Viewing Akira Kurosawa's first film, SANSHIRO SUGATA, I was struck within minutes at just how watchable it still is today. The story is not that strong, and there are moments where you may wonder why Kurosawa is holding his shots so long, but despite some creakiness in pacing and some confusing story lapses, SANSHIRO SUGATA is an entertaining and stylish film. As quoted elsewhere in this section, writer and Kurosawa expert Steven Prince said it best: "In many respects, the stylistic fireworks of Sanshiro Sugata are the result of a powerful and profound visual form searching for an appropriate content." Akira Kurosawa arrived as a director with his stylistic "bag of tricks" nearly already full, but it was several years before he came upon stories completely worthy of that style.
Not that SANSHIRO SUGATA is all style and no substance. It is a spiritual journey of the title character, a young man played by Susumu Fujita, who gives up jujitsu for the newer martial arts form judo, studies under a wise master, and then must prove himself by defeating various opponents. His main obstacles are his own stubborn recklessness and his love for an upcoming opponent's daughter (dames!). Fujita, Kurosawa's first real star, was a fine actor who had movie star looks. Had Toshiro Mifune not come along, it is possible that Fujita would have had a long and storied career with Kurosawa. Another actor who did have a long and storied career with Kurosawa is Takashi Shimura, playing a small but important part in the first of his 22 films with "The Emperor". Shimura would go on to play such memorable roles as the pathetic lawyer in SCANDAL, the alcoholic doctor in DRUNKEN ANGEL, the dying bureaucrat in IKIRU and the lead warrior in SEVEN SAMURAI.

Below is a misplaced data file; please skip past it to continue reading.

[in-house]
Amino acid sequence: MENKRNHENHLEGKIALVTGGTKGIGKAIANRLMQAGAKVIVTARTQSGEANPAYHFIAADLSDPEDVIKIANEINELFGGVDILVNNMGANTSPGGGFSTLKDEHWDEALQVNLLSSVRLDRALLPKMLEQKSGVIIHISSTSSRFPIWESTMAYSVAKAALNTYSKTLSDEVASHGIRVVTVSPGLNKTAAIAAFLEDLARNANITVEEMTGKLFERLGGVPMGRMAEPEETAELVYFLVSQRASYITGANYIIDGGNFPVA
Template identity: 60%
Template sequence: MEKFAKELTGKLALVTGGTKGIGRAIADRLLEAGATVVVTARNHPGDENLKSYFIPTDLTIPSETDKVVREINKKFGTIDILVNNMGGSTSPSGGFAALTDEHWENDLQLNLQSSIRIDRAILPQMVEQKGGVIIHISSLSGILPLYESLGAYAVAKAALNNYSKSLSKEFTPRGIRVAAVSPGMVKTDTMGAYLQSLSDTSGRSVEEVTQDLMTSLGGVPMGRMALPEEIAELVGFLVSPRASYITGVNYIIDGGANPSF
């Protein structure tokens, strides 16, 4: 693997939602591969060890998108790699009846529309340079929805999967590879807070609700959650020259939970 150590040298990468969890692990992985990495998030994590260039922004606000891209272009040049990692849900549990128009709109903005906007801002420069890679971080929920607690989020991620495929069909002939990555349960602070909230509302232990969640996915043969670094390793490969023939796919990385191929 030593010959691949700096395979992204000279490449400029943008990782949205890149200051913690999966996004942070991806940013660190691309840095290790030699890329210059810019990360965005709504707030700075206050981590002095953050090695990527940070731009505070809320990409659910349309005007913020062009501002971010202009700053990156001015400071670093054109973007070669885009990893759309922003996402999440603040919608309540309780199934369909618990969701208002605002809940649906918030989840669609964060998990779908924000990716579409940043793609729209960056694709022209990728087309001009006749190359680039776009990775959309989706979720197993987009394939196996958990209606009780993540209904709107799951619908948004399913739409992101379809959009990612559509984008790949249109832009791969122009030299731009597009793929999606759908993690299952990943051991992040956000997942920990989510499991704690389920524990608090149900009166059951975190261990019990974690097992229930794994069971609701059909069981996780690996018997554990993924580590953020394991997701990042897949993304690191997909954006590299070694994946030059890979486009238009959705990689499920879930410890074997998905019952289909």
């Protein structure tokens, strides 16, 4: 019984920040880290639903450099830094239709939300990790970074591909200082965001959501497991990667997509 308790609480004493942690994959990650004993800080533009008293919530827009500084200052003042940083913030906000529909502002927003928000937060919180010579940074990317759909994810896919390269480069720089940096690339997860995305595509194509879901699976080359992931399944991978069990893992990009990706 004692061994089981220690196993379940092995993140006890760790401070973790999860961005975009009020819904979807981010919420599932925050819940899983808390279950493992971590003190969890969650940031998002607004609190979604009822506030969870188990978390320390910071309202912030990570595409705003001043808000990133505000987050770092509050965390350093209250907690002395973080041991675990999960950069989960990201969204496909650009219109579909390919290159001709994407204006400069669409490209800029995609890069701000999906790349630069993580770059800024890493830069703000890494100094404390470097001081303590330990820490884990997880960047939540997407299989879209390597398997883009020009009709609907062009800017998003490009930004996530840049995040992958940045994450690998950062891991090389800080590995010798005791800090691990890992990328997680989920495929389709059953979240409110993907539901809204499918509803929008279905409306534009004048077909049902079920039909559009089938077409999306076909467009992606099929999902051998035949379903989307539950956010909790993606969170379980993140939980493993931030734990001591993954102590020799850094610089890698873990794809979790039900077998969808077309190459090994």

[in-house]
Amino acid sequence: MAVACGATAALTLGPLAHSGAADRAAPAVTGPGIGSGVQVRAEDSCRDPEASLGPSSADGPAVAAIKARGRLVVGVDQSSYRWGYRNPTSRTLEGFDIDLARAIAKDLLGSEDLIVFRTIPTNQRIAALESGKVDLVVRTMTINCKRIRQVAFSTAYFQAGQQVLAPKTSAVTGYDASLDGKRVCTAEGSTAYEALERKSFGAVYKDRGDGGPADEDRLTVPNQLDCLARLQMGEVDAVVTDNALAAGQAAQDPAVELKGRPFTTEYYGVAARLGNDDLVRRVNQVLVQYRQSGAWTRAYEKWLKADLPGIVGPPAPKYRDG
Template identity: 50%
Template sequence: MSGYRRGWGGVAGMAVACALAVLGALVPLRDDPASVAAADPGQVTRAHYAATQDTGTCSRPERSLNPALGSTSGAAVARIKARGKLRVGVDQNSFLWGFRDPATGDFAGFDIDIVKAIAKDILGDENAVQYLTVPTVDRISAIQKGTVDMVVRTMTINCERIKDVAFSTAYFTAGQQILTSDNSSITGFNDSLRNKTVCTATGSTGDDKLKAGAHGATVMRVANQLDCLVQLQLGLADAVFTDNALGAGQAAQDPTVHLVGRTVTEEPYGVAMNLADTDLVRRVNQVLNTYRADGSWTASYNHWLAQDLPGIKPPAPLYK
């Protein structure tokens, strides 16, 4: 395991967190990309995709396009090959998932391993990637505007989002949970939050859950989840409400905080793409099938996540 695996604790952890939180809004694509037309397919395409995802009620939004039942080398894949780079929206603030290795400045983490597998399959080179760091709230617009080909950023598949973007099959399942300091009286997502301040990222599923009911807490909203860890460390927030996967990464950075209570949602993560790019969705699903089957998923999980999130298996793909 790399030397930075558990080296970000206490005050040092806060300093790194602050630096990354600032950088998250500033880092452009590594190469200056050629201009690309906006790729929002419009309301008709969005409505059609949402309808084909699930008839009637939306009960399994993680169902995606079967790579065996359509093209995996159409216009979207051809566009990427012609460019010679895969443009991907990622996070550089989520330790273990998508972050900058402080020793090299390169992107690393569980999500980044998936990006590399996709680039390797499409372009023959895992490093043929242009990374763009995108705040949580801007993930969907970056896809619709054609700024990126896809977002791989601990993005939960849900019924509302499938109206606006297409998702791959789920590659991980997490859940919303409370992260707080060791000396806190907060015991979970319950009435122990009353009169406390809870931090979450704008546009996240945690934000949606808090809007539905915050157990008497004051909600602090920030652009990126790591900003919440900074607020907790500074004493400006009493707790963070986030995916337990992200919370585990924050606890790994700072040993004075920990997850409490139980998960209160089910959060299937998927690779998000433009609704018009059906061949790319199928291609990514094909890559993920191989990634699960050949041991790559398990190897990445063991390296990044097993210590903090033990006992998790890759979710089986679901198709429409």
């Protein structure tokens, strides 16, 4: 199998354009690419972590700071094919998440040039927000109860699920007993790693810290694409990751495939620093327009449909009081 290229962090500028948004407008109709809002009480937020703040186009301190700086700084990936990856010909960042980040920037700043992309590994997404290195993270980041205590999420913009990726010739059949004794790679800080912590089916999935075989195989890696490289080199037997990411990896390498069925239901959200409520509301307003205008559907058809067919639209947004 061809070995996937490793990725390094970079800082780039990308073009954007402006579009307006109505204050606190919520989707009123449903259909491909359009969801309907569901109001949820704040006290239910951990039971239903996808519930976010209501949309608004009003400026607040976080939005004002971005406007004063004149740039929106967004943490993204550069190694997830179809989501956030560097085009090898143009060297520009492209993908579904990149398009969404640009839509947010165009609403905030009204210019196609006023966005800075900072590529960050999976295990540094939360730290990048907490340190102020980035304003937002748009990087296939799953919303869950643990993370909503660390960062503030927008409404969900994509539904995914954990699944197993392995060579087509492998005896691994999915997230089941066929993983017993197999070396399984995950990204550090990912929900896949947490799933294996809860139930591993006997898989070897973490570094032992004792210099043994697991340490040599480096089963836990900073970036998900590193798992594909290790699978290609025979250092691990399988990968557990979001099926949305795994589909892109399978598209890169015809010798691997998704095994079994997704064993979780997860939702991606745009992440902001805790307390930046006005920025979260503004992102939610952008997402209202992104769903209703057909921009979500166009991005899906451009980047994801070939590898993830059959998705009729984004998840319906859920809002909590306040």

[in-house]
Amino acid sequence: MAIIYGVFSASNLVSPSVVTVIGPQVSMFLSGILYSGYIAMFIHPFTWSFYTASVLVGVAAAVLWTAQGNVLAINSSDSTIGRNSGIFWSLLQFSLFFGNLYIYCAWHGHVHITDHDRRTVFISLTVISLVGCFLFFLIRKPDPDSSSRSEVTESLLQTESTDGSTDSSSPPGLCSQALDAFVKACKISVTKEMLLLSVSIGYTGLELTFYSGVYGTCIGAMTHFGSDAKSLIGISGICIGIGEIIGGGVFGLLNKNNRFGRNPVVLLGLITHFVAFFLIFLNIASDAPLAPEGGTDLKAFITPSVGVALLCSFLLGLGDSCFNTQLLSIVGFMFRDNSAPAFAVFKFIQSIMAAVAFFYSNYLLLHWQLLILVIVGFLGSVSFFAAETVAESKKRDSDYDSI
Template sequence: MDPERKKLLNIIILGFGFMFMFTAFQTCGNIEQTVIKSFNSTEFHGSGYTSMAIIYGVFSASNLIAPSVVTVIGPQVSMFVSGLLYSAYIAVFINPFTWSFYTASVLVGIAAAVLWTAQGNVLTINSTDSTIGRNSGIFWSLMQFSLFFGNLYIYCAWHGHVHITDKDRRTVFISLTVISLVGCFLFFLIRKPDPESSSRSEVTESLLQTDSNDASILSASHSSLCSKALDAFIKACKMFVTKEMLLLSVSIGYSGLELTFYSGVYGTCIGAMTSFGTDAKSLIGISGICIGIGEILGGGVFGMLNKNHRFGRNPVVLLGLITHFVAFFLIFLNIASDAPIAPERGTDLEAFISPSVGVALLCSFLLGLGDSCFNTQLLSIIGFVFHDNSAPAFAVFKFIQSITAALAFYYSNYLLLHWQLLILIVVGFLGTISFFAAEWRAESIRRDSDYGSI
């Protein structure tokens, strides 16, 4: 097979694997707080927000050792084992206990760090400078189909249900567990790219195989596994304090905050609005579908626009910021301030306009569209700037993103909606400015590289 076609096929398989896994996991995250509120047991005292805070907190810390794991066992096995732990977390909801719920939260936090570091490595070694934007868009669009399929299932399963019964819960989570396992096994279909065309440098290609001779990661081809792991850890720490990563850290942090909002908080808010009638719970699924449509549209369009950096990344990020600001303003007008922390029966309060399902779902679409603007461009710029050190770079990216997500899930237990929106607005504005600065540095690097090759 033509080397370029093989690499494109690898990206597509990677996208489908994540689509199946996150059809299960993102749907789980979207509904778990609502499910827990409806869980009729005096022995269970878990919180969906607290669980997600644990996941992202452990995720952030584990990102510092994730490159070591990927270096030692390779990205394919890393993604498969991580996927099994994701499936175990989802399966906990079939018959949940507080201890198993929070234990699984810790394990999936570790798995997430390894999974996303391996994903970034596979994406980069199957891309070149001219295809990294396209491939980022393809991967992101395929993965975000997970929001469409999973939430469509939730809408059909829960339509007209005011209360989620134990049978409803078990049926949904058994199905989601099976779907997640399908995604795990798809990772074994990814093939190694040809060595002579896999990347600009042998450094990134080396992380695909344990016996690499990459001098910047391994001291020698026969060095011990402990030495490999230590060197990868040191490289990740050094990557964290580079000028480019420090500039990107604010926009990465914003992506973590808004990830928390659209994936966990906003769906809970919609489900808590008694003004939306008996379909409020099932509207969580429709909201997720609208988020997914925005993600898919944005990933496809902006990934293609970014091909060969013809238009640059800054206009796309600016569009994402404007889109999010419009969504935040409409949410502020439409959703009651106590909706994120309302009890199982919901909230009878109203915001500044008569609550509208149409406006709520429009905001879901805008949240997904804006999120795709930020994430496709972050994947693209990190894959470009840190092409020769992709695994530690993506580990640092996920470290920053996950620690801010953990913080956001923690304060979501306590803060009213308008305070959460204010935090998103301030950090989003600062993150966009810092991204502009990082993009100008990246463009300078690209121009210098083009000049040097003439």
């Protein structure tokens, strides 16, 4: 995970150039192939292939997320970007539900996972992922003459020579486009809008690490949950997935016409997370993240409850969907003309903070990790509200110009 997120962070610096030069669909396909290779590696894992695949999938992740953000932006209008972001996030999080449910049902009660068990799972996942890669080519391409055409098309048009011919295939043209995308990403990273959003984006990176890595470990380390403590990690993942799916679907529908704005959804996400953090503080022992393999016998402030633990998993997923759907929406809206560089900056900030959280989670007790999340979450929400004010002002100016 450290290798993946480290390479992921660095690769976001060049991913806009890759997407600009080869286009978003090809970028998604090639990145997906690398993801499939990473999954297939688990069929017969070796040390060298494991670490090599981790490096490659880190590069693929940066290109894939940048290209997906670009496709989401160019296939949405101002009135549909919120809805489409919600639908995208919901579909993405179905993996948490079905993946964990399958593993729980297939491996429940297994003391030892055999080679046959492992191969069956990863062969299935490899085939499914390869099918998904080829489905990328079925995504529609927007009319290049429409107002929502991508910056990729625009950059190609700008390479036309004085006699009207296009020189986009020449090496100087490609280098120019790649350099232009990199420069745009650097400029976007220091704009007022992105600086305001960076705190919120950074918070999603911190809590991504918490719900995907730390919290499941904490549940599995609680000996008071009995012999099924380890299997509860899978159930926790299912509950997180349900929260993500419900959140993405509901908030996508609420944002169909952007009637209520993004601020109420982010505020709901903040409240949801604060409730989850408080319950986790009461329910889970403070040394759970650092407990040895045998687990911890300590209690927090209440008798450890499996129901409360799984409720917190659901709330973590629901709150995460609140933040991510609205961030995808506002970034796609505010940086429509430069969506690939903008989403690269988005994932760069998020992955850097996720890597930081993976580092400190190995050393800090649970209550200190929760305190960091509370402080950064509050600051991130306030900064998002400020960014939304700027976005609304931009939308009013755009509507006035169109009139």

Aside from the performances of Fujita and Shimura, the real star of SANSHIRO SUGATA is Kurosawa and his camerawork, especially for students of Kurosawa, for whom this first film should be a real treat. In this directorial debut, fans of Kurosawa will find the smooth, flowing camera movement, the trademark transitional wipes and even a touch of slow motion to emphasize action, a Kurosawa invention that would return again in SEVEN SAMURAI and thus influence action cinema even to this day. As this film was made during World War II, you will find some nationalistic symbolism - Sugata's main opponent dresses in western-style clothes including a derby and topcoat - and some government interference in the form of censorship and editing. Apparently, the love story between the title character and the young woman was offensive somehow to the Japanese government, as most of it was cut out (if only the Marx Brothers had made movies in Japan!). There are also several passages that seem to have been cut and replaced by narrative intertitles, though, with a story as simple as this one, it is much easier to follow than the later post-war THE IDIOT, which was cut so much by the studio that parts of it were incomprehensible.
The early cinema of Kurosawa, before the classic RASHOMON, was generally hit and miss. For every DRUNKEN ANGEL and STRAY DOG, there was a THE MOST BEAUTIFUL and A QUIET DUEL. But SANSHIRO SUGATA deserves to be ranked with the better of the minor films of this period, such as ONE WONDERFUL SUNDAY or SCANDAL. - JB